|2% almost feels like 10%|
The Hammer and I exchanged out for the last pull of the shift, which I got. I was pretty happy about this, and thought it would be a great finish to my RAAM career. Even better was that I was going to finish a climb, and then get a fun descent down to where Truck3 was waiting for us.
As I crested, a feeling of happiness came over me. That feeling of "it's over" that any endurance athlete has felt in a long ass race. As I crested the hill, I could see the downhill, and naturally, I kicked up for a very fun descent.
Then I was greeted with a little surprise.
|At this stage, anything is bent over hilarious|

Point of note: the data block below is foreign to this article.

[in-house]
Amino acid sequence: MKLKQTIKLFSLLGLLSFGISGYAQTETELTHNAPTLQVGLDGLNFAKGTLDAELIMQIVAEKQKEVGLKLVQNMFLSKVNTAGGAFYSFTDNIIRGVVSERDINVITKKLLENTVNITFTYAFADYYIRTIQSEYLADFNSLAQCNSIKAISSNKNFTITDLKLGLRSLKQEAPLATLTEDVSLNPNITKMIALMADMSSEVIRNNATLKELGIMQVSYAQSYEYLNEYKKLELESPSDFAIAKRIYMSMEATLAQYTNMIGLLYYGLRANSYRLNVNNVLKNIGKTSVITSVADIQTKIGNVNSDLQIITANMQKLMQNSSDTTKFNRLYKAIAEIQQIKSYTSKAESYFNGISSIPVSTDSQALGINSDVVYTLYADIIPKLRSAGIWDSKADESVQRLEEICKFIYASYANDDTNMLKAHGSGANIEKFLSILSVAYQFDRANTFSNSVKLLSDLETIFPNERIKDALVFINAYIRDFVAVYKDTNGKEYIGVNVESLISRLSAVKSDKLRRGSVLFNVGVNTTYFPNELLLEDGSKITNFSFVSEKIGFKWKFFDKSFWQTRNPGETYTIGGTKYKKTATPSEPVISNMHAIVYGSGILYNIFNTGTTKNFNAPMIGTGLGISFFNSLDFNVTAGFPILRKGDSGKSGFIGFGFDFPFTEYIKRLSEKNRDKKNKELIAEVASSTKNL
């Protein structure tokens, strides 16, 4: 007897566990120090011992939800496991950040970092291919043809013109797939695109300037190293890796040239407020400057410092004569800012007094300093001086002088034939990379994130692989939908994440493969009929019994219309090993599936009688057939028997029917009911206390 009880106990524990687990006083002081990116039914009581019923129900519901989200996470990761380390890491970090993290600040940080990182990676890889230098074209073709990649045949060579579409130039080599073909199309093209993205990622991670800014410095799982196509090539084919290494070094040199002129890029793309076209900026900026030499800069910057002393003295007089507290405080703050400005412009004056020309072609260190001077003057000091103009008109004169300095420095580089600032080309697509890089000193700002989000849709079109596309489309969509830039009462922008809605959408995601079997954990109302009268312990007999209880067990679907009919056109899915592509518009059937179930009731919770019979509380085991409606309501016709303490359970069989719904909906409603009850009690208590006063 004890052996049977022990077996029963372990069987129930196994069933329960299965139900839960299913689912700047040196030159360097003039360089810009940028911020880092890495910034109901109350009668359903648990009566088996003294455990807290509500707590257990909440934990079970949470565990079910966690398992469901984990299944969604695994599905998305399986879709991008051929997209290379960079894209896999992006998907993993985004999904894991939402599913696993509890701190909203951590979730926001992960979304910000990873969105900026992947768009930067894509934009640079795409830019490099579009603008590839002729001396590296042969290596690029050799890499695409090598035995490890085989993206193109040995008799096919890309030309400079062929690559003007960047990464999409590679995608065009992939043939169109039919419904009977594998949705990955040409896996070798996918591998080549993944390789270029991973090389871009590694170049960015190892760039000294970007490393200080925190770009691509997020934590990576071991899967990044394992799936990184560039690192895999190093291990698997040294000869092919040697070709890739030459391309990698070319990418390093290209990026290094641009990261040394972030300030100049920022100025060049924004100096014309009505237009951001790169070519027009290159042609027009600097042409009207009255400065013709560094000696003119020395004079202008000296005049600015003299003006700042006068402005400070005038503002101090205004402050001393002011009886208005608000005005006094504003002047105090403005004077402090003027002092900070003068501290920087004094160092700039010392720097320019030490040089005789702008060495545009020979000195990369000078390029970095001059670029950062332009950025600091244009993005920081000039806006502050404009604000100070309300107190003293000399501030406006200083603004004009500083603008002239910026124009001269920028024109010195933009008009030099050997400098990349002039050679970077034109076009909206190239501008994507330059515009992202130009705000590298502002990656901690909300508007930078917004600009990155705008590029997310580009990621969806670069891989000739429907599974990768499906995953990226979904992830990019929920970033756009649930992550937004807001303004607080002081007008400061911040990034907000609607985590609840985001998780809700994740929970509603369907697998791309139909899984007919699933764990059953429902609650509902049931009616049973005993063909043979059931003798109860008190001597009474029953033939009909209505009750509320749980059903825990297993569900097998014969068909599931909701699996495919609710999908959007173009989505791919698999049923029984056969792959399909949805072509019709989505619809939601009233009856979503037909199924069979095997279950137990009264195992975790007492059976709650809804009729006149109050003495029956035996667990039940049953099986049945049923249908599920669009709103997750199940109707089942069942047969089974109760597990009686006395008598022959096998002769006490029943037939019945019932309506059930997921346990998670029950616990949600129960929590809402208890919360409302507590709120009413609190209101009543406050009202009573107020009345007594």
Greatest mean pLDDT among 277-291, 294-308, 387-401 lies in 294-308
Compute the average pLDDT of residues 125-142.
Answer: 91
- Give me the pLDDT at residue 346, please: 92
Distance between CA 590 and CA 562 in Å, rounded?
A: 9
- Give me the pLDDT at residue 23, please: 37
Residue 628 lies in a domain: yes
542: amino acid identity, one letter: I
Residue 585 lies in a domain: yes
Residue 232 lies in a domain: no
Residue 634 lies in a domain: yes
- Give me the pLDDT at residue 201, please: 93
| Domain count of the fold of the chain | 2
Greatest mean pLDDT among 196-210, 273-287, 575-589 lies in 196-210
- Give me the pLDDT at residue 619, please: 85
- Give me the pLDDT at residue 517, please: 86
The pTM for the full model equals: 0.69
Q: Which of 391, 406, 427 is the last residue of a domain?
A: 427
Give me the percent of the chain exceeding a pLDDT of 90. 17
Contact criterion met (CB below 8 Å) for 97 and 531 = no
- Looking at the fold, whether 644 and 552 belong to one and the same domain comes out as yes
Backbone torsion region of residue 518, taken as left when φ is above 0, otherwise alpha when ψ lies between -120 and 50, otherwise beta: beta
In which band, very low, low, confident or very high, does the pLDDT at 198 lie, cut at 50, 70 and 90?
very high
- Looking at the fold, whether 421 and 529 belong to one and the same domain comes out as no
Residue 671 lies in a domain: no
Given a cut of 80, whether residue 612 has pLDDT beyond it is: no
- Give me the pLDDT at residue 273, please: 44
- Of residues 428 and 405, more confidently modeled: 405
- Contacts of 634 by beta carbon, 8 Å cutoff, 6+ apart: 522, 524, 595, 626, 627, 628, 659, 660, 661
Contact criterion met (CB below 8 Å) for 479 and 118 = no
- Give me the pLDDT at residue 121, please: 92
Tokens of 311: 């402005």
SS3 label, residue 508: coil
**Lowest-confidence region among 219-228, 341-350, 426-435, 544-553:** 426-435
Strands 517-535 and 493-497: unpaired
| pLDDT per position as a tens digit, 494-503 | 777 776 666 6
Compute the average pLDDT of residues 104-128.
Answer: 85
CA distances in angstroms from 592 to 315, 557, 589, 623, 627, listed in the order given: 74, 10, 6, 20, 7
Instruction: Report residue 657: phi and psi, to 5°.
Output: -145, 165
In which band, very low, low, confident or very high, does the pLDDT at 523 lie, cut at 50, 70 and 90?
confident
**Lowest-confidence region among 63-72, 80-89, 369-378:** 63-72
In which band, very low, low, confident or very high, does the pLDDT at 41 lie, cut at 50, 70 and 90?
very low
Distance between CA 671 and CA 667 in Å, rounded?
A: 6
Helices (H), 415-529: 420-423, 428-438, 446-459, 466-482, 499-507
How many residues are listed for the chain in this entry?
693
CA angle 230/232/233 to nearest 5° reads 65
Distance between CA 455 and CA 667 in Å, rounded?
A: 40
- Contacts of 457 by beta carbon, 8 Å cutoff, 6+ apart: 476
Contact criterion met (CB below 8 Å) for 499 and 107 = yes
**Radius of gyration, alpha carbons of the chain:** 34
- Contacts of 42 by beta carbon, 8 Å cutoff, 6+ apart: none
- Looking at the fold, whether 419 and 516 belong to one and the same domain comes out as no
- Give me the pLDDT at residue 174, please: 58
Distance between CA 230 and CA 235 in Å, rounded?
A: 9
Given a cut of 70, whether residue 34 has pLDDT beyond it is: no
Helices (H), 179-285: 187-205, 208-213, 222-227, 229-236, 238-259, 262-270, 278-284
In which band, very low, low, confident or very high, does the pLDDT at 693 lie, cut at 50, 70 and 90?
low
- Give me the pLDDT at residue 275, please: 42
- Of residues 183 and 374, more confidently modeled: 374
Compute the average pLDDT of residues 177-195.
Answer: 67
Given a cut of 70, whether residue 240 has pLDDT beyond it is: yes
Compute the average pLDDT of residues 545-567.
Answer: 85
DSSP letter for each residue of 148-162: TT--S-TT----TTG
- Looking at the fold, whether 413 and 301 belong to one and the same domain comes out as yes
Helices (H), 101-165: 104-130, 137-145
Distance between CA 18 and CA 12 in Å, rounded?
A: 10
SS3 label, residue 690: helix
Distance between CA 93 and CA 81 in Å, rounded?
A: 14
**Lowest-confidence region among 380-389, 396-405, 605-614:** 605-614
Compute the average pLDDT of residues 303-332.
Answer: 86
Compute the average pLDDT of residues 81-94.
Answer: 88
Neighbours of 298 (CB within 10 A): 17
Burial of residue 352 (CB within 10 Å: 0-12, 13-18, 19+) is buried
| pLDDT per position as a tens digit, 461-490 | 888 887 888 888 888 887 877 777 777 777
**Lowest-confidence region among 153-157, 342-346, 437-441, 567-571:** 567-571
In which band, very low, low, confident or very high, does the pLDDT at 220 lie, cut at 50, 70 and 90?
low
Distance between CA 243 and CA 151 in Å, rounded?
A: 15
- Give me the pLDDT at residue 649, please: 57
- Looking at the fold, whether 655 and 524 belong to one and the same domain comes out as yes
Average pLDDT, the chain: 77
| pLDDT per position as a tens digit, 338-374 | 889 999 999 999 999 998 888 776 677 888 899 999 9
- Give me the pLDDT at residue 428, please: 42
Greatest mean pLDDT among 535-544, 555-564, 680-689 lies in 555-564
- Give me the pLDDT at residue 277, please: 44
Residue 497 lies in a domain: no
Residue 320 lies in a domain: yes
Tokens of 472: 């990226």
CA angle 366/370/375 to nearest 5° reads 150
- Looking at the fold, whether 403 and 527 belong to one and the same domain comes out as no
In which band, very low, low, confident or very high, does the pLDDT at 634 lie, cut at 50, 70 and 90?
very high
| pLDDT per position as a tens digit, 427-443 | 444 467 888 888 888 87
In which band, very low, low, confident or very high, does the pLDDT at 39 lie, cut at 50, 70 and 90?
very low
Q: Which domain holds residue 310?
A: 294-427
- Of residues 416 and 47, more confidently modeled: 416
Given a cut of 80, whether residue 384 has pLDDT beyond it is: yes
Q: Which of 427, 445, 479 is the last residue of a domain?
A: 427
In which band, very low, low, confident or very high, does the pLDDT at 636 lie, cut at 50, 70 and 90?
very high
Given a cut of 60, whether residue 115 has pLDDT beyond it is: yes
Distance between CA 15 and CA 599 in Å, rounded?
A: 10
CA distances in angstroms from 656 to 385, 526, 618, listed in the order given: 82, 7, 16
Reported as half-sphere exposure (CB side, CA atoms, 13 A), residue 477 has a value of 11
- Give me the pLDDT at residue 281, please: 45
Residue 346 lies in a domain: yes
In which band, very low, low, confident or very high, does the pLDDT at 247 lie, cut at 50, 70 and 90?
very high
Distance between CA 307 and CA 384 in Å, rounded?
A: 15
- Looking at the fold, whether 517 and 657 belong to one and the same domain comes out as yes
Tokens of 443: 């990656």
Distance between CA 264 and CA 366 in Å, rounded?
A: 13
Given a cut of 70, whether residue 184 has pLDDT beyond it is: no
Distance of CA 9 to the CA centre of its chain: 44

The funny part was that there was a red light waiting for me at the bottom of the hill, and Truck3 was on the other side of the intersection. I was having a party in my head, the Follow Vehicle was cheering me on, and there was a flat out party where our truck and Truck3 were setup. It was like we took over the intersection as 3 disparate parties.
|These never stopped|
I soft pedaled through the intersection got off my bike, and it was like pandomonium!!!!! I was all jazzed up, describing my descent in full detail, everyone was high fiving, and it was a bigger celebration of finishing in a random parking lot than any RAAM finish might be in. It was the longest we've ever taken to get all packed up after a shift but it didn't matter, we were done!!! Barrie and our crew confirmed that we wouldn't have to ride again, and so it was off the Annapolis for some serious celebrating!!!
|Truck3 started their RAAM finish with these views. Also scripted!|